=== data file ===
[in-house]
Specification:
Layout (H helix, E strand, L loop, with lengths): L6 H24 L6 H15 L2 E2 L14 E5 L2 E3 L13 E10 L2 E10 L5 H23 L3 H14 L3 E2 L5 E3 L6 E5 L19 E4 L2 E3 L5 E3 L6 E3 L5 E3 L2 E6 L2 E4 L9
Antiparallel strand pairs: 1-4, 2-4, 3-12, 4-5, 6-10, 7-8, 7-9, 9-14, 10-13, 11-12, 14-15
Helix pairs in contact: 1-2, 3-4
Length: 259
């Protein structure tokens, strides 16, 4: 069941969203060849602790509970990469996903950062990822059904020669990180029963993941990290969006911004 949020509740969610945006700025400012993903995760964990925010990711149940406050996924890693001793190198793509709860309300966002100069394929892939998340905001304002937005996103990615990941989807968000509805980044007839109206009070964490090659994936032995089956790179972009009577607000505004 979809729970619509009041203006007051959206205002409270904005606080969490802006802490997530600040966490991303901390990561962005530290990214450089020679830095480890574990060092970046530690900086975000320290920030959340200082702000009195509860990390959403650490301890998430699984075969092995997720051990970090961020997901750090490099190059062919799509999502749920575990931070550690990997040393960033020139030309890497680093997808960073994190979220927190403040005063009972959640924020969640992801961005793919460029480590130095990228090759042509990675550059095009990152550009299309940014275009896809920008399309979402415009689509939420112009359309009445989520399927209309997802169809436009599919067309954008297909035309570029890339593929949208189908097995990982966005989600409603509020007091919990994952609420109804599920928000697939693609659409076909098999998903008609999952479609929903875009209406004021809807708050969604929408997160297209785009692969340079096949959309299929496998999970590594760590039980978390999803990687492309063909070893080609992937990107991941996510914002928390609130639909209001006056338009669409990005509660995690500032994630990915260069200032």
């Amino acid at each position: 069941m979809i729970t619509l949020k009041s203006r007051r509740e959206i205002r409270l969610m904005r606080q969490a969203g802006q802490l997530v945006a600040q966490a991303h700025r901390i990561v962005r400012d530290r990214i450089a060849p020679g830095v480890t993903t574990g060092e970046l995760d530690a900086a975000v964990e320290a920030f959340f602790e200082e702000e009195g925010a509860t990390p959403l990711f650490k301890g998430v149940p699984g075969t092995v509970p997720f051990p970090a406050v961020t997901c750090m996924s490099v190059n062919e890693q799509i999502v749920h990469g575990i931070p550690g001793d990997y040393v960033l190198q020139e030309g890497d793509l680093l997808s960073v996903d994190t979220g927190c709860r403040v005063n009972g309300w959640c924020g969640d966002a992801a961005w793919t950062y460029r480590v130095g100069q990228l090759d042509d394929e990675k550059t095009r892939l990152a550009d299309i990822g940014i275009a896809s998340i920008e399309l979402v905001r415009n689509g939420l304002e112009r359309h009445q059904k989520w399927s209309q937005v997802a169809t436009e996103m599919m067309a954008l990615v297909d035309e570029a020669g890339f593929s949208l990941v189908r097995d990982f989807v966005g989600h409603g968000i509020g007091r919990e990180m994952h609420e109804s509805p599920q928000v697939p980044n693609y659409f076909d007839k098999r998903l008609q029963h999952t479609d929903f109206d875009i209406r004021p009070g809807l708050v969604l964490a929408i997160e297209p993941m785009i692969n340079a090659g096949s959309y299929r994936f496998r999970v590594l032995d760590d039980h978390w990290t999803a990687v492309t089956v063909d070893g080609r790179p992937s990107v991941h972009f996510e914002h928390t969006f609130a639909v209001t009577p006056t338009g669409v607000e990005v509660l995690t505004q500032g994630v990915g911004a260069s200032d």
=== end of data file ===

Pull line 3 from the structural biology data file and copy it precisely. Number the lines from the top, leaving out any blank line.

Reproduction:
Layout (H helix, E strand, L loop, with lengths): L6 H24 L6 H15 L2 E2 L14 E5 L2 E3 L13 E10 L2 E10 L5 H23 L3 H14 L3 E2 L5 E3 L6 E5 L19 E4 L2 E3 L5 E3 L6 E3 L5 E3 L2 E6 L2 E4 L9